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Artificial intelligence (AI) and machine learning (ML) are about more than algorithms: The right hardware to turbocharge your AI and ML computations is key.
To speed up job completion, AI and ML training clusters need high bandwidth and dependable transport with predictable low-tail latency (tail latency is the 1 or 2% of a job that trails the rest of responses). A high-performance interconnection can optimize data center and high-performance computing (HPC) workloads across your portfolio of hyperconverged AI and ML training clusters, resulting in lower latency for better model training, increased data packet utilization and lower operational costs.
As AI and ML training jobs become more prevalent, it’s critical to have higher radix switches, which decrease latency and power, and higher port speeds for building bigger training clusters with flat network topology.
Ethernet switching for performance optimization
While network bandwidth requirements in data centers continue to rise dramatically, there is also a strong push to combine general compute and storage infrastructure with optimized AI and ML training processors. As a result, AI and ML training clusters — where you specify multiple machines for training — are driving the demand for fabrics with high-bandwidth connectivity, high radix and faster job completion while operating at high network utilization.
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To speed up job completion, it’s critical to have effective load balancing to achieve high network utilization, as well as congestion-control mechanisms to achieve predictable tail latency. Virtualized and efficient data infrastructures, combined with capable hardware, can also improve CPU offloads and assist network accelerators in improving neural network training.
Ethernet-based infrastructures currently offer the best solution for a unified network. They combine low power with high bandwidth and radix, and the fastest serializer and deserializer (SerDes) speeds, with a predictable doubling of bandwidth every 18 to 24 months. With these advantages, as well as its large ecosystem, Ethernet can provide the highest performance interconnect per watt and dollar for AI and ML and cloud-scale infrastructure.
According to IDC, the global Ethernet switch market grew 12.7% year-on-year to $7.6 billion in the first quarter of 2022 (1Q22). Broadcom offers the Tomahawk family of Ethernet switches to enable the next generation of unified networks.
Today, San Jose-based Broadcom announced the StrataXGS Tomahawk 5 switch series, which offers 51.2 Tbps of Ethernet switching capacity in a single, monolithic device – more than double the bandwidth of its contemporaries, the company claims.
“Tomahawk 5 has twice the capacity of Tomahawk 4. As a result, it is one of the world’s fastest-switching chips,” said Ram Velaga, senior vice president and general manager of Broadcom’s core switching group. “The newly added specific features and capabilities to optimize performance for AI and ML networks make [the] Tomahawk 5 twice as fast as the previous version.”
The Tomahawk 5 switch chips are designed to aid data centers and HPC environments, to accelerate AI and ML capabilities. The switch chip uses a Broadcom approach known as cognitive routing, an advanced shared-packet buffering, programmable in-band telemetry, with hardware-based link failover built into the chip.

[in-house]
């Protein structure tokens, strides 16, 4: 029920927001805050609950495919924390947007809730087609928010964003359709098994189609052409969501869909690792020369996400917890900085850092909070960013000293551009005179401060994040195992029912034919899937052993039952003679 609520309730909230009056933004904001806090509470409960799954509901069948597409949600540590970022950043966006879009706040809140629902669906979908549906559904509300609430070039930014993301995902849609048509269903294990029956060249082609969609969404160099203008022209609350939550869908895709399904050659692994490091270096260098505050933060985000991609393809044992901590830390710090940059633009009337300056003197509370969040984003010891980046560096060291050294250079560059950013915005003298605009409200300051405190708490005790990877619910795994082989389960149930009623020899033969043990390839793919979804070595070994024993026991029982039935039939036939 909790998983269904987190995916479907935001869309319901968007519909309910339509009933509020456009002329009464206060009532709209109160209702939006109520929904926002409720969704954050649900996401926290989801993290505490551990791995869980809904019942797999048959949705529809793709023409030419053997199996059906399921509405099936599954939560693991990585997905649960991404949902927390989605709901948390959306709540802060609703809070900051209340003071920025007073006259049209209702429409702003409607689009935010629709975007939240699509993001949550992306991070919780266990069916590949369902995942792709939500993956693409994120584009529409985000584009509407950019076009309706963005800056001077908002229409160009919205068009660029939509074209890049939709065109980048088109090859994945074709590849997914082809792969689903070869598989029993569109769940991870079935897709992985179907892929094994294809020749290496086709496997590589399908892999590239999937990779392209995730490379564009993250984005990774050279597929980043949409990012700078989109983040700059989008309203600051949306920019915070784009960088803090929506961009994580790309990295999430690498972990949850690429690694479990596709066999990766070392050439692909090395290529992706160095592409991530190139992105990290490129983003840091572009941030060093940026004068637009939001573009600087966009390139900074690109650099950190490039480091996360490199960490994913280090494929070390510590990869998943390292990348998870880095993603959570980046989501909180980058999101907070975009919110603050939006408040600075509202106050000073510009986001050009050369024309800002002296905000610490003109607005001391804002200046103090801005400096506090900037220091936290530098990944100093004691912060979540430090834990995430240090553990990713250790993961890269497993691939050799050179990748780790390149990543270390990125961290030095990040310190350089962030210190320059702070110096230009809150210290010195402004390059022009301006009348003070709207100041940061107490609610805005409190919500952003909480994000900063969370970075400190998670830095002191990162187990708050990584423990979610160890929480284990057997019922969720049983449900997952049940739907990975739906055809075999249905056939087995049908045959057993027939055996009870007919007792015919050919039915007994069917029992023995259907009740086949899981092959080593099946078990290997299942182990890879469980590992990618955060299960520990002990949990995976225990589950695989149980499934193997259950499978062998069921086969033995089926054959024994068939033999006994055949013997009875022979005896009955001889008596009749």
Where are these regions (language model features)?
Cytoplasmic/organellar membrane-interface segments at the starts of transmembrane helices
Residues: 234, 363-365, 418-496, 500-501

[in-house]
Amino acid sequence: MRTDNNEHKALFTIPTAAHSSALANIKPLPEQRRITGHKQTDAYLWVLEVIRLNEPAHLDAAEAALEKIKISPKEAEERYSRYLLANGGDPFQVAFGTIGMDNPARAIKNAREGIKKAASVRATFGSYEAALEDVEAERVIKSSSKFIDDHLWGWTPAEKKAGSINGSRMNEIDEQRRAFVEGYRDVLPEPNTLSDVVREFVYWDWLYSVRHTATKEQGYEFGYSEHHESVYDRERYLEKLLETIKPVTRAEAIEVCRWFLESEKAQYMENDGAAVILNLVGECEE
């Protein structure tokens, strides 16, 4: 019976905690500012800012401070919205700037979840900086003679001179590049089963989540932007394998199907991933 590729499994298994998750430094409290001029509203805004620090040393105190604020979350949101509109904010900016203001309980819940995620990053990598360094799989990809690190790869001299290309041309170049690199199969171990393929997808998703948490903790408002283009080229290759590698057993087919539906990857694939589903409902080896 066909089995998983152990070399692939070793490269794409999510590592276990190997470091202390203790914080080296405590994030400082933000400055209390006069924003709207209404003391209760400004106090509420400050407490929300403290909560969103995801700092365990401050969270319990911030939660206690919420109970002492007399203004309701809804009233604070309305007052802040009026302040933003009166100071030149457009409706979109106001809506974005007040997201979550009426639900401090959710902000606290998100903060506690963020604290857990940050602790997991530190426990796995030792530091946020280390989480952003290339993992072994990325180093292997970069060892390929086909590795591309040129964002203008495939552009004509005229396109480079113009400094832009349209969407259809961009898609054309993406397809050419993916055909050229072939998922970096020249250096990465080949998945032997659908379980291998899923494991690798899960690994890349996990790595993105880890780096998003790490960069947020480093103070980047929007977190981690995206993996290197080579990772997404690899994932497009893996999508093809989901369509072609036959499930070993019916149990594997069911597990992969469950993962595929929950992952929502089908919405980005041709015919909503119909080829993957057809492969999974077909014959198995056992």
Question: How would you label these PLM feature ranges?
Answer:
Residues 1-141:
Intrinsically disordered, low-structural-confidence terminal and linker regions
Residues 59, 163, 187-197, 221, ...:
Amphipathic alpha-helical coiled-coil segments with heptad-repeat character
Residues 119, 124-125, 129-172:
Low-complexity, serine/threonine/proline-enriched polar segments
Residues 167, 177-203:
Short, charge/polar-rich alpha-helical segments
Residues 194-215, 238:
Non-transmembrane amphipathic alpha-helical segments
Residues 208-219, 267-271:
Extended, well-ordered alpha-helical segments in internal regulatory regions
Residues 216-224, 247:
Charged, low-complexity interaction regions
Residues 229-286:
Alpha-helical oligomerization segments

Cognitive routing optimizes network link utilization by automatically selecting the system’s least heavily loaded links for each flow that passes through the switch. This is especially important for AI and ML workloads, which frequently combine short- and long-lived high-bandwidth flows with low entropy.
“Cognitive routing is a step beyond adaptive routing,” Velaga said. “When using adaptive routing, you are only aware of data congestion between two points but are unaware of the other ends.”
Cognitive routing, he added, can make the system aware of conditions apart from the next neighbor, rerouting for an optimal path that provides better load balance while avoiding congestion.
Tomahawk 5 includes real-time dynamic load balancing, which monitors the use of all links at the switch and downstream in the network to determine the best path for each flow. It also monitors the status of hardware links and automatically redirects traffic away from failed connections. These features improve network utilization and reduce congestion, resulting in a shorter job completion time.
The future of Ethernet for AI and ML infrastructures
Ethernet has the characteristics required for high-performance AI and ML training clusters: high bandwidth, end-to-end congestion management, load balancing and fabric management at a lower cost than its contemporaries, such as InfiniBand.
It’s clear that Ethernet is a robust ecosystem that is constantly developing at a rapid pace of innovation. “Ethernet is relentless, and I would expect it to continue encroaching on areas like AI/ML,” Craig Matsumoto, senior research analyst at 451 Research, told VentureBeat. “The reward is homogeneity – if I can run every workload on Ethernet, assuming the performance is good enough, I can have one homogenous network that all workloads can share. It’s simpler, and it buys me more redundant paths for forwarding traffic.”
Broadcom has shown that it will continue to improve its Ethernet switches to keep up with the pace of innovation happening in the AI and ML industry, and remain part of the HPC infrastructure into the future.
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